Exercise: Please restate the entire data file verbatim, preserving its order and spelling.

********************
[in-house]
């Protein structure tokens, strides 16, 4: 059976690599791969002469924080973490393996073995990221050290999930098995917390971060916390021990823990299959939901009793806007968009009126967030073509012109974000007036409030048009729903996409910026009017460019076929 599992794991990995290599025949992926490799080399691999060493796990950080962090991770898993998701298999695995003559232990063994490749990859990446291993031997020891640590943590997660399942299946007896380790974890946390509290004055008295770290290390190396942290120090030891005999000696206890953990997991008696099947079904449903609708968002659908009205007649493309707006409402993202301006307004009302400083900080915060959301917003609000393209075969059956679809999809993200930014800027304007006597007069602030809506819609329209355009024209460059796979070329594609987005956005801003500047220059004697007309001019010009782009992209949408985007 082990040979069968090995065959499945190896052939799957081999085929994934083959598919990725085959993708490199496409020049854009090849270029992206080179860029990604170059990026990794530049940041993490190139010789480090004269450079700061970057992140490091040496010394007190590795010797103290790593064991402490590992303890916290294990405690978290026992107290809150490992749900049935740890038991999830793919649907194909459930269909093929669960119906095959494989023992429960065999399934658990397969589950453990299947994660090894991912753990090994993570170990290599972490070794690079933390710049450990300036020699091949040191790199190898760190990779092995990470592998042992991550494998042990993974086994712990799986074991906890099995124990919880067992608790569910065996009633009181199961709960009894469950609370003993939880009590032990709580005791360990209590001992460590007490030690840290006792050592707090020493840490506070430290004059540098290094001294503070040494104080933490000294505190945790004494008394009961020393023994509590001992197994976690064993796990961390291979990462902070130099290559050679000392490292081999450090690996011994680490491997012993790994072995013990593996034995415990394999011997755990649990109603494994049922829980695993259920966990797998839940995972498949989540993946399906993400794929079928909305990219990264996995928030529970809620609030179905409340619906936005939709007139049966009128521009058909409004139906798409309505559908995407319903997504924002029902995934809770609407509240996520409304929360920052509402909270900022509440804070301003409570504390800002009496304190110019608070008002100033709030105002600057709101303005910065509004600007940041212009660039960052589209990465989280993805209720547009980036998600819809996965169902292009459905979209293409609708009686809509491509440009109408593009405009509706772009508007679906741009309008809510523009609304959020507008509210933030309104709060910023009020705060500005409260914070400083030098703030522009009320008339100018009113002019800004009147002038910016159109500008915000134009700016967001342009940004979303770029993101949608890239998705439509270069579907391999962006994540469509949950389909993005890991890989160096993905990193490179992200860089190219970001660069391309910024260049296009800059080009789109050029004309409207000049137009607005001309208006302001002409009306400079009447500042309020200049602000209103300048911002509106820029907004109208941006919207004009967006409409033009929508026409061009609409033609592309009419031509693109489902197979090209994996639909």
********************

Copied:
[in-house]
């Protein structure tokens, strides 16, 4: 059976690599791969002469924080973490393996073995990221050290999930098995917390971060916390021990823990299959939901009793806007968009009126967030073509012109974000007036409030048009729903996409910026009017460019076929 599992794991990995290599025949992926490799080399691999060493796990950080962090991770898993998701298999695995003559232990063994490749990859990446291993031997020891640590943590997660399942299946007896380790974890946390509290004055008295770290290390190396942290120090030891005999000696206890953990997991008696099947079904449903609708968002659908009205007649493309707006409402993202301006307004009302400083900080915060959301917003609000393209075969059956679809999809993200930014800027304007006597007069602030809506819609329209355009024209460059796979070329594609987005956005801003500047220059004697007309001019010009782009992209949408985007 082990040979069968090995065959499945190896052939799957081999085929994934083959598919990725085959993708490199496409020049854009090849270029992206080179860029990604170059990026990794530049940041993490190139010789480090004269450079700061970057992140490091040496010394007190590795010797103290790593064991402490590992303890916290294990405690978290026992107290809150490992749900049935740890038991999830793919649907194909459930269909093929669960119906095959494989023992429960065999399934658990397969589950453990299947994660090894991912753990090994993570170990290599972490070794690079933390710049450990300036020699091949040191790199190898760190990779092995990470592998042992991550494998042990993974086994712990799986074991906890099995124990919880067992608790569910065996009633009181199961709960009894469950609370003993939880009590032990709580005791360990209590001992460590007490030690840290006792050592707090020493840490506070430290004059540098290094001294503070040494104080933490000294505190945790004494008394009961020393023994509590001992197994976690064993796990961390291979990462902070130099290559050679000392490292081999450090690996011994680490491997012993790994072995013990593996034995415990394999011997755990649990109603494994049922829980695993259920966990797998839940995972498949989540993946399906993400794929079928909305990219990264996995928030529970809620609030179905409340619906936005939709007139049966009128521009058909409004139906798409309505559908995407319903997504924002029902995934809770609407509240996520409304929360920052509402909270900022509440804070301003409570504390800002009496304190110019608070008002100033709030105002600057709101303005910065509004600007940041212009660039960052589209990465989280993805209720547009980036998600819809996965169902292009459905979209293409609708009686809509491509440009109408593009405009509706772009508007679906741009309008809510523009609304959020507008509210933030309104709060910023009020705060500005409260914070400083030098703030522009009320008339100018009113002019800004009147002038910016159109500008915000134009700016967001342009940004979303770029993101949608890239998705439509270069579907391999962006994540469509949950389909993005890991890989160096993905990193490179992200860089190219970001660069391309910024260049296009800059080009789109050029004309409207000049137009607005001309208006302001002409009306400079009447500042309020200049602000209103300048911002509106820029907004109208941006919207004009967006409409033009929508026409061009609409033609592309009419031509693109489902197979090209994996639909």